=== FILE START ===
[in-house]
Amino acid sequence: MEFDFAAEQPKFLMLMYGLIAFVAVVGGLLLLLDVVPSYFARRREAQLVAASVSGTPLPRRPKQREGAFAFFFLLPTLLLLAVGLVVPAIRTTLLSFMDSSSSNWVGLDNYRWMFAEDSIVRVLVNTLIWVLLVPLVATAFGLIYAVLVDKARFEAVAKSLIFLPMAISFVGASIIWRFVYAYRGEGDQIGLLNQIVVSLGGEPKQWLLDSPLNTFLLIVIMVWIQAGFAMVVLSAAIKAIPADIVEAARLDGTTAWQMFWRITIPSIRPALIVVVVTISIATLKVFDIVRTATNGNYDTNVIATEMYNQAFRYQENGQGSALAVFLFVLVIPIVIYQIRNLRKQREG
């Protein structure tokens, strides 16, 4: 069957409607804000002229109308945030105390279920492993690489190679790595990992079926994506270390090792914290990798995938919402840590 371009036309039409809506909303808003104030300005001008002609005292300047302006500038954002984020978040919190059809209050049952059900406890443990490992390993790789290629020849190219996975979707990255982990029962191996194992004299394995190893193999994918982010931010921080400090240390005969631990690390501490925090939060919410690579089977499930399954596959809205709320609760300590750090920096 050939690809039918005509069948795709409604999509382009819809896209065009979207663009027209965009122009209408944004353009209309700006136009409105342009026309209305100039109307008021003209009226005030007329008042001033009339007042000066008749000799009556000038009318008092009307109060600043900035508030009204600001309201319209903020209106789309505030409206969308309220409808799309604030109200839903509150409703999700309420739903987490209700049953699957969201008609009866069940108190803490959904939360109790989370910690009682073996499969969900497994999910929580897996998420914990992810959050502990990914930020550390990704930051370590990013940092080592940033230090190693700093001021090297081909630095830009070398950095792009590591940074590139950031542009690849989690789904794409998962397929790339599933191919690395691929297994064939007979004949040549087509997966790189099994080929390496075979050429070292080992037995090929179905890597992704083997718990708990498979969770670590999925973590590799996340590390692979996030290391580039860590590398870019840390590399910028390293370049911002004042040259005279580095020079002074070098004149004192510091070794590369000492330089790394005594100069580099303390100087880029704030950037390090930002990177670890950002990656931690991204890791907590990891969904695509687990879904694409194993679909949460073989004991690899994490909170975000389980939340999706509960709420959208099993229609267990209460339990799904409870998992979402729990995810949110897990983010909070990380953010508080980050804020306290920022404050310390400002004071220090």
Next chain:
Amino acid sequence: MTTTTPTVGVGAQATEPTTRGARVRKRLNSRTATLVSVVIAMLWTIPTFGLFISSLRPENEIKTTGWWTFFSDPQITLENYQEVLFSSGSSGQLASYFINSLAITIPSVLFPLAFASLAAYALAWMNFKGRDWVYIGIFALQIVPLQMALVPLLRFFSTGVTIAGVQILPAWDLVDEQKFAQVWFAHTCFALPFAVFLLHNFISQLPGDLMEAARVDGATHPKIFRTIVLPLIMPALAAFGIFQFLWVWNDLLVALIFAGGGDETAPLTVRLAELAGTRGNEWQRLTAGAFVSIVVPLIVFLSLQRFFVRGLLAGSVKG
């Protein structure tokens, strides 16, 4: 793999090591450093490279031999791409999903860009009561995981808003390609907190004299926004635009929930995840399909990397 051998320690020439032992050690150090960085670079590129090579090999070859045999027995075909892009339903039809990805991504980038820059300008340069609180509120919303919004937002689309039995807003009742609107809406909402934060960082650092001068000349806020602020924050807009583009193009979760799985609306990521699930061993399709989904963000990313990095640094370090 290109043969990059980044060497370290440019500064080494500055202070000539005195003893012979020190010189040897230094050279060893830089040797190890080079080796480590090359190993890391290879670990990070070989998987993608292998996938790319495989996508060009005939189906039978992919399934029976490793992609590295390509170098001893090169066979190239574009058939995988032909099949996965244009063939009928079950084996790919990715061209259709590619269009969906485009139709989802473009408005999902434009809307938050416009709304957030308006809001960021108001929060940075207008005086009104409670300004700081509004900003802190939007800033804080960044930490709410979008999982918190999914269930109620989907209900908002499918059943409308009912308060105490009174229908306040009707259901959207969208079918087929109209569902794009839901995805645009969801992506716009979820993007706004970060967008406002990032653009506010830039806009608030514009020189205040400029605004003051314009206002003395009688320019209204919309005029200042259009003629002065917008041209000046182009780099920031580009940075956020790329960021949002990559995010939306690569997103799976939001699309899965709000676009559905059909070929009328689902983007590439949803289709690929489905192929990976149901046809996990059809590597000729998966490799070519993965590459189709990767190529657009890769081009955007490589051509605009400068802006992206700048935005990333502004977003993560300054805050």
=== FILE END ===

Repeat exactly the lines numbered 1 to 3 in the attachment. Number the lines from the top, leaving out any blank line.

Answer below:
[in-house]
Amino acid sequence: MEFDFAAEQPKFLMLMYGLIAFVAVVGGLLLLLDVVPSYFARRREAQLVAASVSGTPLPRRPKQREGAFAFFFLLPTLLLLAVGLVVPAIRTTLLSFMDSSSSNWVGLDNYRWMFAEDSIVRVLVNTLIWVLLVPLVATAFGLIYAVLVDKARFEAVAKSLIFLPMAISFVGASIIWRFVYAYRGEGDQIGLLNQIVVSLGGEPKQWLLDSPLNTFLLIVIMVWIQAGFAMVVLSAAIKAIPADIVEAARLDGTTAWQMFWRITIPSIRPALIVVVVTISIATLKVFDIVRTATNGNYDTNVIATEMYNQAFRYQENGQGSALAVFLFVLVIPIVIYQIRNLRKQREG
């Protein structure tokens, strides 16, 4: 069957409607804000002229109308945030105390279920492993690489190679790595990992079926994506270390090792914290990798995938919402840590 371009036309039409809506909303808003104030300005001008002609005292300047302006500038954002984020978040919190059809209050049952059900406890443990490992390993790789290629020849190219996975979707990255982990029962191996194992004299394995190893193999994918982010931010921080400090240390005969631990690390501490925090939060919410690579089977499930399954596959809205709320609760300590750090920096 050939690809039918005509069948795709409604999509382009819809896209065009979207663009027209965009122009209408944004353009209309700006136009409105342009026309209305100039109307008021003209009226005030007329008042001033009339007042000066008749000799009556000038009318008092009307109060600043900035508030009204600001309201319209903020209106789309505030409206969308309220409808799309604030109200839903509150409703999700309420739903987490209700049953699957969201008609009866069940108190803490959904939360109790989370910690009682073996499969969900497994999910929580897996998420914990992810959050502990990914930020550390990704930051370590990013940092080592940033230090190693700093001021090297081909630095830009070398950095792009590591940074590139950031542009690849989690789904794409998962397929790339599933191919690395691929297994064939007979004949040549087509997966790189099994080929390496075979050429070292080992037995090929179905890597992704083997718990708990498979969770670590999925973590590799996340590390692979996030290391580039860590590398870019840390590399910028390293370049911002004042040259005279580095020079002074070098004149004192510091070794590369000492330089790394005594100069580099303390100087880029704030950037390090930002990177670890950002990656931690991204890791907590990891969904695509687990879904694409194993679909949460073989004991690899994490909170975000389980939340999706509960709420959208099993229609267990209460339990799904409870998992979402729990995810949110897990983010909070990380953010508080980050804020306290920022404050310390400002004071220090």